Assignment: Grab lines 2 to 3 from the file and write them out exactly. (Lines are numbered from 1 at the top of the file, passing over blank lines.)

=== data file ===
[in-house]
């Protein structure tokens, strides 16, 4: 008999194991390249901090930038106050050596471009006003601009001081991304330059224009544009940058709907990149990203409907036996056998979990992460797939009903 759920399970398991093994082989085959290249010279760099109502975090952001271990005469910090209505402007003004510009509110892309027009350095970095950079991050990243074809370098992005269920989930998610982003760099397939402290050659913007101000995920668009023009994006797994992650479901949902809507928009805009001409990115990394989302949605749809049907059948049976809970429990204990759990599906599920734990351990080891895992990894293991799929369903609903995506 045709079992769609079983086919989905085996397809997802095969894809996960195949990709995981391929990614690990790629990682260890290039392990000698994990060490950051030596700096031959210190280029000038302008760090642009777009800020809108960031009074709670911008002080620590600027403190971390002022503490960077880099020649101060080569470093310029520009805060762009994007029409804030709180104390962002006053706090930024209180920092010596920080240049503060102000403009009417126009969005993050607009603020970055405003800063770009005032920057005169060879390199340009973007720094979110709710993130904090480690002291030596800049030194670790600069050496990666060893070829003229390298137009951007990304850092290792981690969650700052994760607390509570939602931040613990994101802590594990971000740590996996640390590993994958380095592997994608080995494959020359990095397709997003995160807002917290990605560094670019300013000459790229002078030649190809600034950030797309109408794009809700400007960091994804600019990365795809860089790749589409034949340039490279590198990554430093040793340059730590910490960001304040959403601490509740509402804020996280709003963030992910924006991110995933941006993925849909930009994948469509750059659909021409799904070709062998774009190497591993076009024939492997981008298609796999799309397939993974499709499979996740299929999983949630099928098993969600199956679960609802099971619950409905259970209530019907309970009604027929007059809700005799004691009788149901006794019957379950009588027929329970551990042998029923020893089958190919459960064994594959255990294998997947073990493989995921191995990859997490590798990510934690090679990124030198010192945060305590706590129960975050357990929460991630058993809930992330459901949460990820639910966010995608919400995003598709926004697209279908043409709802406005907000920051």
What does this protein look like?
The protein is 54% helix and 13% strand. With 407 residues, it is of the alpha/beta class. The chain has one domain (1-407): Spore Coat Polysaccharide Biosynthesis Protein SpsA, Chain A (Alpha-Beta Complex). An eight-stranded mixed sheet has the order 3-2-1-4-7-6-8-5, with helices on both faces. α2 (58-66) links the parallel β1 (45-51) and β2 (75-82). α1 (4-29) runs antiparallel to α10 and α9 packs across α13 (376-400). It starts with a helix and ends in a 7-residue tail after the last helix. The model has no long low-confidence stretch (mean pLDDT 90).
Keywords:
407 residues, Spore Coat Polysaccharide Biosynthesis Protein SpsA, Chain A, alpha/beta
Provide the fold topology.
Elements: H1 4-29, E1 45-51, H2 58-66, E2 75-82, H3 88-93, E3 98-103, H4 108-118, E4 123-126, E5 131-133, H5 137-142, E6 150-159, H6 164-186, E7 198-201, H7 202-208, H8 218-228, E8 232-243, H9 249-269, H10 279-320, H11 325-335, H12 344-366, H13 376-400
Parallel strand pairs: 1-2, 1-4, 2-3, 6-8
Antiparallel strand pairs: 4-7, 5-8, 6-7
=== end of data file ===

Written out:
């Protein structure tokens, strides 16, 4: 008999194991390249901090930038106050050596471009006003601009001081991304330059224009544009940058709907990149990203409907036996056998979990992460797939009903 759920399970398991093994082989085959290249010279760099109502975090952001271990005469910090209505402007003004510009509110892309027009350095970095950079991050990243074809370098992005269920989930998610982003760099397939402290050659913007101000995920668009023009994006797994992650479901949902809507928009805009001409990115990394989302949605749809049907059948049976809970429990204990759990599906599920734990351990080891895992990894293991799929369903609903995506 045709079992769609079983086919989905085996397809997802095969894809996960195949990709995981391929990614690990790629990682260890290039392990000698994990060490950051030596700096031959210190280029000038302008760090642009777009800020809108960031009074709670911008002080620590600027403190971390002022503490960077880099020649101060080569470093310029520009805060762009994007029409804030709180104390962002006053706090930024209180920092010596920080240049503060102000403009009417126009969005993050607009603020970055405003800063770009005032920057005169060879390199340009973007720094979110709710993130904090480690002291030596800049030194670790600069050496990666060893070829003229390298137009951007990304850092290792981690969650700052994760607390509570939602931040613990994101802590594990971000740590996996640390590993994958380095592997994608080995494959020359990095397709997003995160807002917290990605560094670019300013000459790229002078030649190809600034950030797309109408794009809700400007960091994804600019990365795809860089790749589409034949340039490279590198990554430093040793340059730590910490960001304040959403601490509740509402804020996280709003963030992910924006991110995933941006993925849909930009994948469509750059659909021409799904070709062998774009190497591993076009024939492997981008298609796999799309397939993974499709499979996740299929999983949630099928098993969600199956679960609802099971619950409905259970209530019907309970009604027929007059809700005799004691009788149901006794019957379950009588027929329970551990042998029923020893089958190919459960064994594959255990294998997947073990493989995921191995990859997490590798990510934690090679990124030198010192945060305590706590129960975050357990929460991630058993809930992330459901949460990820639910966010995608919400995003598709926004697209279908043409709802406005907000920051």
What does this protein look like?